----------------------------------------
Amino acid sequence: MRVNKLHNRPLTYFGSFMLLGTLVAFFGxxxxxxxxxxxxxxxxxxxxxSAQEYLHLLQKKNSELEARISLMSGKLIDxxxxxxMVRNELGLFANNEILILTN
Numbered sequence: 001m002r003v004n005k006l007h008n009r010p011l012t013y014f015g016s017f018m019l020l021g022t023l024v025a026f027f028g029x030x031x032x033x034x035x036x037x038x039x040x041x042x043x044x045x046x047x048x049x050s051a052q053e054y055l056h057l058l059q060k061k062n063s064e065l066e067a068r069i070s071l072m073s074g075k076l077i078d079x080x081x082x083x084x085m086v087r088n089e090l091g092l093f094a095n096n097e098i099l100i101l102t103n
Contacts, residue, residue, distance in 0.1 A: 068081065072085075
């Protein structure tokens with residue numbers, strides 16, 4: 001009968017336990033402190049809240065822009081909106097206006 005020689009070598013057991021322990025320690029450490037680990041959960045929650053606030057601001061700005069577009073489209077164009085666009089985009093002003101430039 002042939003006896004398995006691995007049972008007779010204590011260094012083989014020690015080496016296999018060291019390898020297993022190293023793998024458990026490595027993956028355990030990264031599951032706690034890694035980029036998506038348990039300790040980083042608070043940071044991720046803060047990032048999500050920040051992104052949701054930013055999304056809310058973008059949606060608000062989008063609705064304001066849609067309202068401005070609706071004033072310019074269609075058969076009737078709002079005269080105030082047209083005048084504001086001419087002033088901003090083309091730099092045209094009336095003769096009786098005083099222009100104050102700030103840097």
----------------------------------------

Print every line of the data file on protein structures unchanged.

Amino acid sequence: MRVNKLHNRPLTYFGSFMLLGTLVAFFGxxxxxxxxxxxxxxxxxxxxxSAQEYLHLLQKKNSELEARISLMSGKLIDxxxxxxMVRNELGLFANNEILILTN
Numbered sequence: 001m002r003v004n005k006l007h008n009r010p011l012t013y014f015g016s017f018m019l020l021g022t023l024v025a026f027f028g029x030x031x032x033x034x035x036x037x038x039x040x041x042x043x044x045x046x047x048x049x050s051a052q053e054y055l056h057l058l059q060k061k062n063s064e065l066e067a068r069i070s071l072m073s074g075k076l077i078d079x080x081x082x083x084x085m086v087r088n089e090l091g092l093f094a095n096n097e098i099l100i101l102t103n
Contacts, residue, residue, distance in 0.1 A: 068081065072085075
């Protein structure tokens with residue numbers, strides 16, 4: 001009968017336990033402190049809240065822009081909106097206006 005020689009070598013057991021322990025320690029450490037680990041959960045929650053606030057601001061700005069577009073489209077164009085666009089985009093002003101430039 002042939003006896004398995006691995007049972008007779010204590011260094012083989014020690015080496016296999018060291019390898020297993022190293023793998024458990026490595027993956028355990030990264031599951032706690034890694035980029036998506038348990039300790040980083042608070043940071044991720046803060047990032048999500050920040051992104052949701054930013055999304056809310058973008059949606060608000062989008063609705064304001066849609067309202068401005070609706071004033072310019074269609075058969076009737078709002079005269080105030082047209083005048084504001086001419087002033088901003090083309091730099092045209094009336095003769096009786098005083099222009100104050102700030103840097």